Kenneth Burke_Dancing with Tears in My Eyes

  • Published on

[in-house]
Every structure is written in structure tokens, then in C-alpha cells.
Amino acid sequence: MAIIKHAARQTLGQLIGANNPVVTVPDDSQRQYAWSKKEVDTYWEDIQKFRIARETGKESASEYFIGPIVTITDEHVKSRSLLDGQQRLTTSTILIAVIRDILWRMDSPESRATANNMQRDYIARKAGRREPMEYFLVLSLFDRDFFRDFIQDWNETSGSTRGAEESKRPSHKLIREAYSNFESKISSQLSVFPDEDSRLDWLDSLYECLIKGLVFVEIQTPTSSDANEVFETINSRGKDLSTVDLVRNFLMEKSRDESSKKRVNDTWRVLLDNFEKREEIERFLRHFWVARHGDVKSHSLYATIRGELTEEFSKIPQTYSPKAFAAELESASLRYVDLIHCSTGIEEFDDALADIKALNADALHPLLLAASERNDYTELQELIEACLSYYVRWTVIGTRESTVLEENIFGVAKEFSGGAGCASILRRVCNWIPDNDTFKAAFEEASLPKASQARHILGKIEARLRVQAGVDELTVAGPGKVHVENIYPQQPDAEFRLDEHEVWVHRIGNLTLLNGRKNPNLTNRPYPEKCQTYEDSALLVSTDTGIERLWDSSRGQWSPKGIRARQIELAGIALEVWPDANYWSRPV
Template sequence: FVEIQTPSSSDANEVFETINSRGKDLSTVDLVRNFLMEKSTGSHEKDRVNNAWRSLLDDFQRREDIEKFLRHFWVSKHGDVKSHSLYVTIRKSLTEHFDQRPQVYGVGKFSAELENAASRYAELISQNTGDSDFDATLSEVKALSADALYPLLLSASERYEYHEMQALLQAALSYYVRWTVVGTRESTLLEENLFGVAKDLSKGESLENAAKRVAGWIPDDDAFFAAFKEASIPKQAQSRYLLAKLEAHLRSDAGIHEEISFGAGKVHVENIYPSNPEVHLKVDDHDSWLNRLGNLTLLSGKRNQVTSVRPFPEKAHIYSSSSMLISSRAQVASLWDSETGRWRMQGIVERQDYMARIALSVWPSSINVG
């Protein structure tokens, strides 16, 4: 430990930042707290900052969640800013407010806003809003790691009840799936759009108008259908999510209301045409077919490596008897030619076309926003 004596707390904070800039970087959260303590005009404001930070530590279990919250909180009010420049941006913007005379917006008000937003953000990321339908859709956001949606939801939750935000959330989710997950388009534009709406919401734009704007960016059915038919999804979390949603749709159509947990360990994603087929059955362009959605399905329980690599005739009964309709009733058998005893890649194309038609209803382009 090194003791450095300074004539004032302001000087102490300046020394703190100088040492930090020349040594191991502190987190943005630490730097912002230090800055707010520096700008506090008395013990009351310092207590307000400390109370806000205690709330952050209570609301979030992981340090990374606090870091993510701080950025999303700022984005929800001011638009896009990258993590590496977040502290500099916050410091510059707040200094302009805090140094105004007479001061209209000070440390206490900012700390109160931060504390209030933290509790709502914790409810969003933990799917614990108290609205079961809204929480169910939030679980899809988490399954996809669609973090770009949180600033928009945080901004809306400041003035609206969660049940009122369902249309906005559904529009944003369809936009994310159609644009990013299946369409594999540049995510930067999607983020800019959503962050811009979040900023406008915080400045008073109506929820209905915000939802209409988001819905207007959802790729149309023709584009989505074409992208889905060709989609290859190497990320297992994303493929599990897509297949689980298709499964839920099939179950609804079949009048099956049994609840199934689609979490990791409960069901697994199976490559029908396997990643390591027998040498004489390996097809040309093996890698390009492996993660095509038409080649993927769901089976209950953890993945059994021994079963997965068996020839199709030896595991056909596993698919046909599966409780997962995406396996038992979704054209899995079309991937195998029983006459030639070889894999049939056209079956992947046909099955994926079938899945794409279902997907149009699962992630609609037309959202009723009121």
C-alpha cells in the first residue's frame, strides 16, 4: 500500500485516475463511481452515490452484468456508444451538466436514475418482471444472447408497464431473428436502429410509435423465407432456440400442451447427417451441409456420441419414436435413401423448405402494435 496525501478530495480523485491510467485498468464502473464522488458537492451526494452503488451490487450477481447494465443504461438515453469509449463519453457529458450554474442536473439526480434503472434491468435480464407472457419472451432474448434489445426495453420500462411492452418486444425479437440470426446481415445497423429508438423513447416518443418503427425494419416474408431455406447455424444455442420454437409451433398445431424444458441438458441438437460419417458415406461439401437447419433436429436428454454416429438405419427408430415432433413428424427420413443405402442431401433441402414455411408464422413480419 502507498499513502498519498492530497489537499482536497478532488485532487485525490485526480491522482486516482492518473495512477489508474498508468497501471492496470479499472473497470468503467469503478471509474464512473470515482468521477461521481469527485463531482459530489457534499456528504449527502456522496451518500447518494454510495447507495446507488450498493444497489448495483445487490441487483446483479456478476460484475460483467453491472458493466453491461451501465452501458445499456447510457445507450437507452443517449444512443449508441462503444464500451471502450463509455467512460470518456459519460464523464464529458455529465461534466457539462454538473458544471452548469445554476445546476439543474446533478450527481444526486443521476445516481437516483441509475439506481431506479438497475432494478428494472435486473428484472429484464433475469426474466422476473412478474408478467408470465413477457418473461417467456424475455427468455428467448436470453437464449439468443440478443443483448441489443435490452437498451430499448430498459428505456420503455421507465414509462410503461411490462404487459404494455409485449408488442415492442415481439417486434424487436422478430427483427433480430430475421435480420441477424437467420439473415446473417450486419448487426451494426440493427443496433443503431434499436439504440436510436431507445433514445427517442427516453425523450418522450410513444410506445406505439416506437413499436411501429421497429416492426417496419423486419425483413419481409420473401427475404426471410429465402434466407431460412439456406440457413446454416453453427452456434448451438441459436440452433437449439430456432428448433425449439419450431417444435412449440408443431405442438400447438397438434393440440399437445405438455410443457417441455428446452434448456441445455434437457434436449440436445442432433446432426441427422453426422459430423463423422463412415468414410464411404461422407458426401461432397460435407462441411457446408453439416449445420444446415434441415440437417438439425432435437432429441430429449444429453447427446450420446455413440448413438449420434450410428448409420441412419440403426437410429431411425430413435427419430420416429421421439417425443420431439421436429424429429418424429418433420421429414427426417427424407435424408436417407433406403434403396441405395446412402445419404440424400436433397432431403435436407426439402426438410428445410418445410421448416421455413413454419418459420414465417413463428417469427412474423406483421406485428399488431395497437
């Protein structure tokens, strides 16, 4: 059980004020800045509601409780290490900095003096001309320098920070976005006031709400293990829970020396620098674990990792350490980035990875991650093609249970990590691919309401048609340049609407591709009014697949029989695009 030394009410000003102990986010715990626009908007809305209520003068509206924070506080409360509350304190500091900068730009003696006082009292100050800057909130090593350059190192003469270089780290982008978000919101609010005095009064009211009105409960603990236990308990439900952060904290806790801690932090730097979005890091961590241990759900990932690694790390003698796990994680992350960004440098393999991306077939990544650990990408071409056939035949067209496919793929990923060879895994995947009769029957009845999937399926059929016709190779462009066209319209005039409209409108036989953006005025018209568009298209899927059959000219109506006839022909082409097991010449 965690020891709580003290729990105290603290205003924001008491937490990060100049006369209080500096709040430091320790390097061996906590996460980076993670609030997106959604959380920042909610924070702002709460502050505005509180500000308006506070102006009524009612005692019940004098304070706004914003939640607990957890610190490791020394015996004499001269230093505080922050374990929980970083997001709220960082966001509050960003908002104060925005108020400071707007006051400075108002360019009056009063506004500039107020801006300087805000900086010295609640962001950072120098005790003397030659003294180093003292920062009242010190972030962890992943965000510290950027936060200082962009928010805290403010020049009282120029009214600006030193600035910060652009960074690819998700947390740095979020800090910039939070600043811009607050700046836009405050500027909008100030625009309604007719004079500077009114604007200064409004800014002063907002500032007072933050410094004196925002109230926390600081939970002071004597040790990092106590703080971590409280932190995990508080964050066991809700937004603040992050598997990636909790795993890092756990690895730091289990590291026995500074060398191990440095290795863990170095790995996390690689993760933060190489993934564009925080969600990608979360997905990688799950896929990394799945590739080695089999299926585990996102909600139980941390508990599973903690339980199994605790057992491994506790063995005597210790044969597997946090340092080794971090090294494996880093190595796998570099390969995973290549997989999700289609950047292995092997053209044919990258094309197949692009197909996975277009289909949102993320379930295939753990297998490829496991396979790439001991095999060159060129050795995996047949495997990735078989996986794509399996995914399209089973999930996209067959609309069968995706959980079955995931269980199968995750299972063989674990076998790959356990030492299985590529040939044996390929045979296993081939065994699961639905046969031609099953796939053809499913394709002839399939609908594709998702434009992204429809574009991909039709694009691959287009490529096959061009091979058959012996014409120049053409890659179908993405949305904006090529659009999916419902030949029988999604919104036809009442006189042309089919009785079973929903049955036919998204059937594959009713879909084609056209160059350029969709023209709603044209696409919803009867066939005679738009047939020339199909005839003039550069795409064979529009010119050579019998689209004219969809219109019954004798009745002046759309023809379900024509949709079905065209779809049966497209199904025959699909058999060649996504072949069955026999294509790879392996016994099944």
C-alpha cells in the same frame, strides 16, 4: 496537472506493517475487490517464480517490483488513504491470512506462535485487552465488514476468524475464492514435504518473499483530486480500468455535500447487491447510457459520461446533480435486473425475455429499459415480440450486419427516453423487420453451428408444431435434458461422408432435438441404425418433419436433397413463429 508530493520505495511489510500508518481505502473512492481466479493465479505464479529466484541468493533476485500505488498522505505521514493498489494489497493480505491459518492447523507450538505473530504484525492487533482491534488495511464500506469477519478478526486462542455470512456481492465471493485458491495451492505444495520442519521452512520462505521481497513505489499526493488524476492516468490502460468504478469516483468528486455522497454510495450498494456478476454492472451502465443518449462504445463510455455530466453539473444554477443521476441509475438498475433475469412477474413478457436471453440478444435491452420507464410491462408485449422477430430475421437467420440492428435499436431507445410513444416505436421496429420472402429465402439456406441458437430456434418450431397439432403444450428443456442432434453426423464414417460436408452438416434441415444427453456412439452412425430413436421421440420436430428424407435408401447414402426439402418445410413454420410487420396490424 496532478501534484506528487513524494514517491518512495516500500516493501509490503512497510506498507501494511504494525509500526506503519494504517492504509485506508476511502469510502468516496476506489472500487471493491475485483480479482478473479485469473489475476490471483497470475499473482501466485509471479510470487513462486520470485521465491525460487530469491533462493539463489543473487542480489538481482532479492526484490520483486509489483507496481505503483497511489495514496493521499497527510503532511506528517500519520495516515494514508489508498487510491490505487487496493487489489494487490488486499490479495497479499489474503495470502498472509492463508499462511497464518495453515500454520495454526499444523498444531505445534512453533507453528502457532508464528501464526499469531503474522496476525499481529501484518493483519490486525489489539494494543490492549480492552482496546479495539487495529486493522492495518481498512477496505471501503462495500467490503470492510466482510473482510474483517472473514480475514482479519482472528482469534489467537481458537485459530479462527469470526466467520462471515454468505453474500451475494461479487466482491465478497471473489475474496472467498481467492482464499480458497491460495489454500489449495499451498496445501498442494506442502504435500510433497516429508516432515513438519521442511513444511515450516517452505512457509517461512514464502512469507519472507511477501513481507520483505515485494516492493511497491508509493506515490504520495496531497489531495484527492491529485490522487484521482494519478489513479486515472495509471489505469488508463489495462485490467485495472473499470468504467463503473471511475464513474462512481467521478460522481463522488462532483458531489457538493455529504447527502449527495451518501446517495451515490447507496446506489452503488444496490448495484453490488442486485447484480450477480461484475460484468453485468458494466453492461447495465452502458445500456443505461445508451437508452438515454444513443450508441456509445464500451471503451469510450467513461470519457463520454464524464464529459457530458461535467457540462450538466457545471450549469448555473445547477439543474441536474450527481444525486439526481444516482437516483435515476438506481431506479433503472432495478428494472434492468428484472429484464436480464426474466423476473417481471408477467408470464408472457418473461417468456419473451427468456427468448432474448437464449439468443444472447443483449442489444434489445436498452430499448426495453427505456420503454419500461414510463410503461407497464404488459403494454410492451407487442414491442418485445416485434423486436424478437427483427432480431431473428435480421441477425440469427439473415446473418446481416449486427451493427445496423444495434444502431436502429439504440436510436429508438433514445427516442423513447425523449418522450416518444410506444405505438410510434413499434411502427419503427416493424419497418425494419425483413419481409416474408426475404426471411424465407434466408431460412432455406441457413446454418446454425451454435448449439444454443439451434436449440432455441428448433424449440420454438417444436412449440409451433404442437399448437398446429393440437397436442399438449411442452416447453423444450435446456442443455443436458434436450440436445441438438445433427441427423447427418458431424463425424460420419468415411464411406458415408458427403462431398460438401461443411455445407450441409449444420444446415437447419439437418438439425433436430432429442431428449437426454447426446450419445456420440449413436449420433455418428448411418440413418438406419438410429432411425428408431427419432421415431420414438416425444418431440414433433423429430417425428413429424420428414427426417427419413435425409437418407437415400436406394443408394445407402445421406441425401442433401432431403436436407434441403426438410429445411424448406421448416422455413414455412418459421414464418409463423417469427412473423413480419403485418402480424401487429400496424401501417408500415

• View

  • Download


Critical Inquiry, Vol. 1, No. 1 (Sep., 1974)